Aug. 9 (UPI) -- The British economy contracted in the second quarter of 2019, driving fears it may be headed for its first recession in 10 years -- as the deadline for leaving the European Union looms in October.
ONS head of national accounts Rob Kent-Smith said the contraction followed "robust growth" in the first quarter and that manufacturing output fell off after a strong start in 2019. He added the construction sector also slowed while the service sector was flat.
"The trade deficit narrowed markedly, as imports fell following a sharp rise in the first quarter ahead of the U.K.'s original departure date from the EU," Kent-Smith said.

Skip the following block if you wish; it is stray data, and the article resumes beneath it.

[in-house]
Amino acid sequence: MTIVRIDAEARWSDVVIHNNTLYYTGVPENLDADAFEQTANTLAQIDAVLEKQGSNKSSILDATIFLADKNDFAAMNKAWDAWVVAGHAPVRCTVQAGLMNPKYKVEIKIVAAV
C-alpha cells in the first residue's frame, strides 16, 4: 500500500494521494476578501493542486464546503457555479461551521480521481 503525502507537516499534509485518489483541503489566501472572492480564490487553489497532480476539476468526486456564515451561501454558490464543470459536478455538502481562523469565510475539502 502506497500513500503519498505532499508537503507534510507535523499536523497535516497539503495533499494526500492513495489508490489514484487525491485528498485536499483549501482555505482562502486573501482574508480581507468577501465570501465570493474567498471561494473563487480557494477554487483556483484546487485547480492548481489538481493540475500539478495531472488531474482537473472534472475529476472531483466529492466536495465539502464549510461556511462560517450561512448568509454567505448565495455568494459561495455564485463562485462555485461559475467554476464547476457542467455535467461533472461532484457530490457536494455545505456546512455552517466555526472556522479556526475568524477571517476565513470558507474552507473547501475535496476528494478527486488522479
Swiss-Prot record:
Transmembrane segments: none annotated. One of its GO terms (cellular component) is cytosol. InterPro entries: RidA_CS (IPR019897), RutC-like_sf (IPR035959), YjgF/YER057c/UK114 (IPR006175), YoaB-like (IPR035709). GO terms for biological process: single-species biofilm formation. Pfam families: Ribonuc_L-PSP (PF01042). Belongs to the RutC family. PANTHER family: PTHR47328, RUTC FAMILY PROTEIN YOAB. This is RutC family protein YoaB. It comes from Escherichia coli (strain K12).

The statistics office said growth from April through June declined 0.2 percent, continuing a steady decline that followed growth to start the year.
"This is a challenging period across the global economy, with growth slowing in many countries," Chancellor of the Exchequer Sajid Javid said. "But the fundamentals of the British economy are strong -- wages are growing, employment is at a record high and we're forecast to grow faster than Germany, Italy and Japan this year.
"The government is determined to provide certainty to people and businesses on Brexit -- that's why we are clear that the U.K. is leaving the EU on Oct. 31," he continued.
In light of Britain's forthcoming EU exit, Javid announced a one-year spending review to give government departments "financial certainty."